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basslover12345

Fall Rates

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How fast do these jig heads fall, how many feet per second for each size? Fall rates for 1/16, 3/32, 3/16, 1/32 ounce jig heads

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Depends on what bait is on those jig heads, and what size and type of line your using. Water density also plays a role, colder water is less dense so lighter weight baits will sink faster in colder water than they will in warm water too. There are no answers to your questions that you can't figure out for yourself. Tie one on, cast it out, and count how long it takes to sink.

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I count down every bait to the bottom regardless of what it is. Then I reduce that count progressively, until I find the fish. With jigs, you want to mostly fish on the bottom; here it's a matter of what they prefer for the fall rate. This usually is a matter of feeding mood, positive, negative or neutral. Every day you have to experiment with that.

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Find a big bucket, and a stopwatch, and count the sink rates after rigging trailers, skirts etc. Nerd info: In vacuum, they all will have identical sink rates.

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Line diameter and line type; FC, hybrid, mono and braid all have different sink rate based on how much line is on the water. Braid and mono both tend to float and act like a float slowing the lighter jig sink rate a lot.

The line diameter also affects the sink rate,the lighter jigs, everything under 1/8 you are more than likely using line less than 8 lb test. FC line sinks fastest, hybrid is next with mono and braid being slower, everything else being equal. If you have a swimming pool near you, test the fall there, most pools have the depth marked; ,3', 4', 6', 8'. Just use your own count like 1 one hundred, 2 one hundred etc, then you can use the same counting method when fishing.

Contrary to popular belief 50% of the jig strike occur on the fall! So learn to watch your line where it enters the water and makes a V as it sinks. The V is your strike indicator, when it stops or moves to one side a bass has the jig in it's mouth,. Your line may jump slack when it hits bottom or when a bass stopped it. If you know the sink rate, you should know when to set the hook.....it takes a lot of time on the water before all these factors become second nature and you instinctively "know" the difference between the jig hitting bottom and a bass strike. Just remember swings are free and hook setting is the best teacher.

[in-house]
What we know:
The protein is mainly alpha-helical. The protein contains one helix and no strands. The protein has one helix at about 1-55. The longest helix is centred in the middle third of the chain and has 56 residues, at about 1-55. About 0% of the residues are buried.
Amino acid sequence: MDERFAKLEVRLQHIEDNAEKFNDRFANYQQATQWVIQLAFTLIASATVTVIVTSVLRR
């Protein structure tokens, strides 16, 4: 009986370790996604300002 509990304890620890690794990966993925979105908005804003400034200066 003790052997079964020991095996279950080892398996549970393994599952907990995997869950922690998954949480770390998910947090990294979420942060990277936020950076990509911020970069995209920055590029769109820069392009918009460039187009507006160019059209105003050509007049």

Good luck.

Tom

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If i remember my chemistry right, water does get more dense until about 4 C. Then it begins to form into a crystalline structure, which is less dense and is why ice floats.

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I take chemistry roght now Bassr95 has it right

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All good advice as there are lots of variables involved in sink rate. The only thing I will disagree with is water gets denser as it gets colder which is part of the reason ice floats.

http://www.engineeringtoolbox.com/water-density-specific-weight-d_595.html

Fresh water gets denser until it reaches 39.4 degrees F, then it gets lighter and floats on top until it freezes at 32. How much cold water affects fall rate is marginal, unless it's frozen!

Tom

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